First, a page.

Sabado, Marso 12, 2011

different kinds of needles and types of sewing stitches (a visual guide to hand stitching) by: Lorain blanken

Hand Sewing Needles

Make the correct choice when choosing a hand sewing needle to eliminate damaging fabric and make the task easier.

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Assortment of hand sewing needles and information about hand sewing needles.
Hand Sewing Needles
Debbie Colgrove, Licensed to
Description: Hand sewing needles are available in varying sizes with varying points. They guide the thread through fabric when you are hand sewing. 

Use: Hand sewing needles are used in all types of hand sewing. The most commonly used hand sewing needles are called sharps. Sharps have a medium length (in comparison with all available needles), have a round eye for the thread and are suitable for almost any fabric. 

Specialty needles are rarely used. A curved needle is not for sewing circles. It would commonly be used for hand sewing upholstery, when a straight needle would not fit. 

Thick heavy needles would be used on fibers that are thick and difficult to sew through. The finer the fabric, the finer the needle you would choose. 

Care & Maintenance: The strawberry helps to keep needles sharp and smooth. Read more about the strawberry in pincushions. 

Available Options: Hand sewing needles come in a wide variety of shapes and forms. Test your choice of sewing needle on an inside seam to be sure it will not be making holes in the fabric. 

Expense: Hand Sewing needles are a very inexpensive sewing notion. They are widely available. When sewing expensive and delicate fabric, do not scrape-by with inexpensive needles that could lose their coating and snag the fabric, instead buy a brand name at a fabric store.

When I was little, I thought that sewing was all about not tangling the thread. Now I've come to learn that different kinds of stitches have their own purpose, and can make or break a project. Here is a list of common stitches and how to make them.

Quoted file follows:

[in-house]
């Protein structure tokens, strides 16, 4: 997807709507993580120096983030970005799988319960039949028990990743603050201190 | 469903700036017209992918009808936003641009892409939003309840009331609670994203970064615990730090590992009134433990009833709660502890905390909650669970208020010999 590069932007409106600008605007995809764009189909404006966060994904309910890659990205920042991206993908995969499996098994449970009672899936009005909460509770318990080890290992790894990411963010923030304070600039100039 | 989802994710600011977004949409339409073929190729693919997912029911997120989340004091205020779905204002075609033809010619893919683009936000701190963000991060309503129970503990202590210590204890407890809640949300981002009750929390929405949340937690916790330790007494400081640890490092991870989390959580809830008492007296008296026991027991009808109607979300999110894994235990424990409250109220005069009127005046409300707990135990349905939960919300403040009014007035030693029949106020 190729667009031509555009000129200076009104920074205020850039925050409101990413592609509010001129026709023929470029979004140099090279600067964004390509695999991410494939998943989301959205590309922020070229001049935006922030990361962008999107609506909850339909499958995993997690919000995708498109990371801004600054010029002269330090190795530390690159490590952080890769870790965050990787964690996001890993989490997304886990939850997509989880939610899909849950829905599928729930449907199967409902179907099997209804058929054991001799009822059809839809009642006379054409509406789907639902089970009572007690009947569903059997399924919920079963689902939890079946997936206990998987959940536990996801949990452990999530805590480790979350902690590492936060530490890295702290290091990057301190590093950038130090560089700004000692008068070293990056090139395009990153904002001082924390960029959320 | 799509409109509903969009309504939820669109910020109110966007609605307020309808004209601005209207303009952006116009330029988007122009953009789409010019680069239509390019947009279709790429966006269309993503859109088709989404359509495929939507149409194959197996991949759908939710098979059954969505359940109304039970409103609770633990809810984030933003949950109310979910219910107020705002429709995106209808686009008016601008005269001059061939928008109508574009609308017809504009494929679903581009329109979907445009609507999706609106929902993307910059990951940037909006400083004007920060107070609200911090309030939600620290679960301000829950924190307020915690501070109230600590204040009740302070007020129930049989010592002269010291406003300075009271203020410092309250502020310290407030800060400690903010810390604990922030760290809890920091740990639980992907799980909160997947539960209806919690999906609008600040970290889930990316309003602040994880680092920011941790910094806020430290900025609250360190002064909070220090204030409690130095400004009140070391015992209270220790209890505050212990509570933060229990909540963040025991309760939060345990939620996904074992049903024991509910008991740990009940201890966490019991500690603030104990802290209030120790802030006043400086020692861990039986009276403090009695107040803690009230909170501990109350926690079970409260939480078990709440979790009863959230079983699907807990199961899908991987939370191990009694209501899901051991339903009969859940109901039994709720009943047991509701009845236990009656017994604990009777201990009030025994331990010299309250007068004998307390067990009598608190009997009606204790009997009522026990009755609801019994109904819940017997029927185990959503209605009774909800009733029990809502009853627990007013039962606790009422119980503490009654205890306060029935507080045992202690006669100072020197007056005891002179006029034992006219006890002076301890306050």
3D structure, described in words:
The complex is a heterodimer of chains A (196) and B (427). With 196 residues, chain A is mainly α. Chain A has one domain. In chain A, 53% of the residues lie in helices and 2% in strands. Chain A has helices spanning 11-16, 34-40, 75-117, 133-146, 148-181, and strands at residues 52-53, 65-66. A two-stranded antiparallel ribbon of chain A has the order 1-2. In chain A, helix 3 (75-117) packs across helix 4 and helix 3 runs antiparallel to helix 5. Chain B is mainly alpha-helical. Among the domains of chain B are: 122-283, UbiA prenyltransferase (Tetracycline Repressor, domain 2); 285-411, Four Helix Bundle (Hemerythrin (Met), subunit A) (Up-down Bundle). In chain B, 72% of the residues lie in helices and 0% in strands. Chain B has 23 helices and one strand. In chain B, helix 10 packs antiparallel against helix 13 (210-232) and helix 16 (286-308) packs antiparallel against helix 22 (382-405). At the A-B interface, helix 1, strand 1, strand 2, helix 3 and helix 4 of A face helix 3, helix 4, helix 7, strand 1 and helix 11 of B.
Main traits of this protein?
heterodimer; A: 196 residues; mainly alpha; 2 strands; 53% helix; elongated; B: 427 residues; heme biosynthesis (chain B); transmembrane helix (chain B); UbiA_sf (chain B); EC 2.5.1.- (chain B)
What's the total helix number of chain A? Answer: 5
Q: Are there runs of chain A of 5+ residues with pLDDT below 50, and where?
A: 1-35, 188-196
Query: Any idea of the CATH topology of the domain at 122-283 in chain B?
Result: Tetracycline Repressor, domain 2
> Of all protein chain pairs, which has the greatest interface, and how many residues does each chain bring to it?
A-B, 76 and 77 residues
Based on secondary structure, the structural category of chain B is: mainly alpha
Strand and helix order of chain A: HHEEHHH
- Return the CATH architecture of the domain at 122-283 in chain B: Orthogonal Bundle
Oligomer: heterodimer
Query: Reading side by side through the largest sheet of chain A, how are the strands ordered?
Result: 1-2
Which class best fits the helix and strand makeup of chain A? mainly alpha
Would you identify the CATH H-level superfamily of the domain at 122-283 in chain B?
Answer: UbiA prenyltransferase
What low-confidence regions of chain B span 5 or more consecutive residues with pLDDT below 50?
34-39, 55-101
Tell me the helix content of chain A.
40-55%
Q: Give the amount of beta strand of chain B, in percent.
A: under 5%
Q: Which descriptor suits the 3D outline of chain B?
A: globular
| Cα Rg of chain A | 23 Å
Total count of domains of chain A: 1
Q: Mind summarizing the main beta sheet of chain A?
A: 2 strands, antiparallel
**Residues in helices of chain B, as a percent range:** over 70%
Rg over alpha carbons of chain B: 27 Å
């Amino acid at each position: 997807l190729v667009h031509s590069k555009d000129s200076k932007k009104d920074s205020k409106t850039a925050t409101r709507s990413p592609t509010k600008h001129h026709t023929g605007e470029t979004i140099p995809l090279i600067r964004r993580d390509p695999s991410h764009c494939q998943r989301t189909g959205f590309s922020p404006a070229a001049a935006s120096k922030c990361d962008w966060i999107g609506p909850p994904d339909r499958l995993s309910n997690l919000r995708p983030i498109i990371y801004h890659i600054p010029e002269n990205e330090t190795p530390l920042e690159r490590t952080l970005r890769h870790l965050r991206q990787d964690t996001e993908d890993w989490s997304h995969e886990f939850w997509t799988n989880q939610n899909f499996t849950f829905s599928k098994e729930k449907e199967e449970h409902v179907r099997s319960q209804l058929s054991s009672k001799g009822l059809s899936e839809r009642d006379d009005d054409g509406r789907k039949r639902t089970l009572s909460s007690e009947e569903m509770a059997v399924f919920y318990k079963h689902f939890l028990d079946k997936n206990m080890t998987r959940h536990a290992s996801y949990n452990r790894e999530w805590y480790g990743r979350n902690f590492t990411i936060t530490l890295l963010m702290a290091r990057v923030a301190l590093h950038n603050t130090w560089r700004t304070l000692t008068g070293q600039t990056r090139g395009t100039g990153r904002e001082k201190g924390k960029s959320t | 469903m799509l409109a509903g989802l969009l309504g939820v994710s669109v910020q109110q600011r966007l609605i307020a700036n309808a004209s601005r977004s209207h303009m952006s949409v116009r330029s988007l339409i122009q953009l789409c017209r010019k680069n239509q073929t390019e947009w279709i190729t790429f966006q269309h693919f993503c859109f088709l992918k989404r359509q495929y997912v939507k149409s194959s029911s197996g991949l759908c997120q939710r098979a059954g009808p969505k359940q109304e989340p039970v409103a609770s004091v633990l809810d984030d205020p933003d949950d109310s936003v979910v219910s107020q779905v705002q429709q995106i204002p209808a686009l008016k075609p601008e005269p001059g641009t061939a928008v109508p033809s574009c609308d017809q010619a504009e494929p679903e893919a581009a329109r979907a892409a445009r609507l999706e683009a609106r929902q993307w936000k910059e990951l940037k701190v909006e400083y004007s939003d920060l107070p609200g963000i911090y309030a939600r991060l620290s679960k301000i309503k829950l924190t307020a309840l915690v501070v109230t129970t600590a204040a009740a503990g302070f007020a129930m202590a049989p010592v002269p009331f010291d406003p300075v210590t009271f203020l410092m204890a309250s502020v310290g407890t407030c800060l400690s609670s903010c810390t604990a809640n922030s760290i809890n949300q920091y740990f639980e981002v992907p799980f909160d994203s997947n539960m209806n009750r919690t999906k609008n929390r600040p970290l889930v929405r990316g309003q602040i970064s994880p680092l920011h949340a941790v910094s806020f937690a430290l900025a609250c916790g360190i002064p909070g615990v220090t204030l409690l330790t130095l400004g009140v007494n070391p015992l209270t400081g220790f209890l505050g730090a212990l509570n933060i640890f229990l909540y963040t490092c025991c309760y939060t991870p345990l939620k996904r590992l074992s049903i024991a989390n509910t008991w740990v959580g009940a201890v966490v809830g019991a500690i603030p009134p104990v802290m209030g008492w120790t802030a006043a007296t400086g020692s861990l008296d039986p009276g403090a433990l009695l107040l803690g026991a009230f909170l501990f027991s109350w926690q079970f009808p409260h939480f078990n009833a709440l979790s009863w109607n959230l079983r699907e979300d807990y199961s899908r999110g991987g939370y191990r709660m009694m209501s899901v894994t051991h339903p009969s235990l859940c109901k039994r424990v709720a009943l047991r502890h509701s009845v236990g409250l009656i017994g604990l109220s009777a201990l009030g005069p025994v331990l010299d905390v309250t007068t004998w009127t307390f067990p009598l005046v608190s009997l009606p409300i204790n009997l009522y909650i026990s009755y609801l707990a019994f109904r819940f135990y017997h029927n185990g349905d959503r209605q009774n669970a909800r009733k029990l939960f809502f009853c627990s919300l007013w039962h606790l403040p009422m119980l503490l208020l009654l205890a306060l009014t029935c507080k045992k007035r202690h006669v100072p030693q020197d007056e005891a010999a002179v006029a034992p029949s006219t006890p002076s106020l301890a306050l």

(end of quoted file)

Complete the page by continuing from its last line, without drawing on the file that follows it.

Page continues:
1. Straight Stitch

Straight StitchRain Blanken
A straight stitch is the most common stitch in sewing. It is a simple way to connect two pieces of fabric.
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2. Overcast Stitch

Overcast StitchRain Blanken
An overcast stitch is used to to both protect the raw edges of fabric and as a decorative stitch.

3. ZigZag Stitch

ZigZag StitchRain Blanken
A zigzag stitch is a very good way to protect the raw edges of fabric.

4. Blanket Stitch

Blanket StitchRain Blanken
A blanket stitch is often used to trim the raw edges of fabric.

5. Buttonhole Stitch

Buttonhole StitchRain Blanken
A buttonhole stitch is used to trim the raw edges of fabric to secure the edges of a button hole.

6. Slip Stitch

A slip stitch is used when you do not want the stitching to appear visible on the finished project.

7. Chain Stitch

A chain stitch is a decorative stitch used to easily embroider designs onto your projects.

8. Running Stitch

A running stitch is a kind of straight stitch that can be made by putting the needle through many folds of fabric instead of one stitch at a time.
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9. Back Stitch

A backstitch is a strong repetitive stitch that will keep two pieces of fabric together.

10. How to Thread a Sewing Needle

For beginners, threading the needle can often be the hardest part of sewing. Here, our Guide to Sewing will show you how to get the thread through easily.

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